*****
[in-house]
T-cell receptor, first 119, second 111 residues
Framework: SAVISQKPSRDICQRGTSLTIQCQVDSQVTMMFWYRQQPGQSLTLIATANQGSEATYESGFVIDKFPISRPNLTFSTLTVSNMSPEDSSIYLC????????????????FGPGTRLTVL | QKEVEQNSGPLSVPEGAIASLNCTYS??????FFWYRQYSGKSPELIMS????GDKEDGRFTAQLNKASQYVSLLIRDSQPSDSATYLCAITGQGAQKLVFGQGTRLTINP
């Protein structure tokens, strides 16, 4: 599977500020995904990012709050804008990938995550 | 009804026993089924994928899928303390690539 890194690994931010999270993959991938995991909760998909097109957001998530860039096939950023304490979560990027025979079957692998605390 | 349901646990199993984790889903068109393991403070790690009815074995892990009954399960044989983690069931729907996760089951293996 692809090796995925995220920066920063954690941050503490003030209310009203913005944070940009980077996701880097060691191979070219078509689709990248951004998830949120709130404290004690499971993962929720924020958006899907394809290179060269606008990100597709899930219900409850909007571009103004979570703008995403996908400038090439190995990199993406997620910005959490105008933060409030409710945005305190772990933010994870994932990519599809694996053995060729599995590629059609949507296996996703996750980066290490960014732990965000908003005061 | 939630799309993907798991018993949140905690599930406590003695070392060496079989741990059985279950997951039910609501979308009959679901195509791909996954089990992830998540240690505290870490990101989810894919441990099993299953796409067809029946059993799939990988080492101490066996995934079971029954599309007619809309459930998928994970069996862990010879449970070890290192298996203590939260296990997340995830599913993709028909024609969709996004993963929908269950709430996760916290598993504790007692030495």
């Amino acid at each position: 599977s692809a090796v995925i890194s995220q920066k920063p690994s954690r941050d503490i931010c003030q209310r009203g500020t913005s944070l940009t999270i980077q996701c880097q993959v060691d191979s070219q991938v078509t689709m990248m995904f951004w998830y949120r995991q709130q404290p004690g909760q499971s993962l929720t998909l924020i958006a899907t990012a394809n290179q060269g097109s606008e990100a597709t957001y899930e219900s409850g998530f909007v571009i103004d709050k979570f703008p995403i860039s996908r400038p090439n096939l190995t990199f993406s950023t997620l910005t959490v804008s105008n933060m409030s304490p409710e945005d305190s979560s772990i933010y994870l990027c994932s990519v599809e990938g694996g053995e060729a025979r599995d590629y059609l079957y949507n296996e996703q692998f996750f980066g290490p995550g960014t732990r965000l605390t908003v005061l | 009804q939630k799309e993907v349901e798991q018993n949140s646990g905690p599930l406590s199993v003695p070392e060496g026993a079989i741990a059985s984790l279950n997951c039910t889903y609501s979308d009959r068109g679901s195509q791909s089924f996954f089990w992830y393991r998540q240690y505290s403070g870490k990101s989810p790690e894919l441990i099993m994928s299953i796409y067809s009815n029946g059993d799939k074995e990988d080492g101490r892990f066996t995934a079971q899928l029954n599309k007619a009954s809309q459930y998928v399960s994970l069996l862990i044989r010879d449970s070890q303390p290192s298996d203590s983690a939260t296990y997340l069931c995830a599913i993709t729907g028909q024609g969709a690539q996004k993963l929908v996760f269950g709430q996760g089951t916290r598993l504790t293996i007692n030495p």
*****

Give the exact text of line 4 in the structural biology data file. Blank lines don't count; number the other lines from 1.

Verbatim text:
């Protein structure tokens, strides 16, 4: 599977500020995904990012709050804008990938995550 | 009804026993089924994928899928303390690539 890194690994931010999270993959991938995991909760998909097109957001998530860039096939950023304490979560990027025979079957692998605390 | 349901646990199993984790889903068109393991403070790690009815074995892990009954399960044989983690069931729907996760089951293996 692809090796995925995220920066920063954690941050503490003030209310009203913005944070940009980077996701880097060691191979070219078509689709990248951004998830949120709130404290004690499971993962929720924020958006899907394809290179060269606008990100597709899930219900409850909007571009103004979570703008995403996908400038090439190995990199993406997620910005959490105008933060409030409710945005305190772990933010994870994932990519599809694996053995060729599995590629059609949507296996996703996750980066290490960014732990965000908003005061 | 939630799309993907798991018993949140905690599930406590003695070392060496079989741990059985279950997951039910609501979308009959679901195509791909996954089990992830998540240690505290870490990101989810894919441990099993299953796409067809029946059993799939990988080492101490066996995934079971029954599309007619809309459930998928994970069996862990010879449970070890290192298996203590939260296990997340995830599913993709028909024609969709996004993963929908269950709430996760916290598993504790007692030495």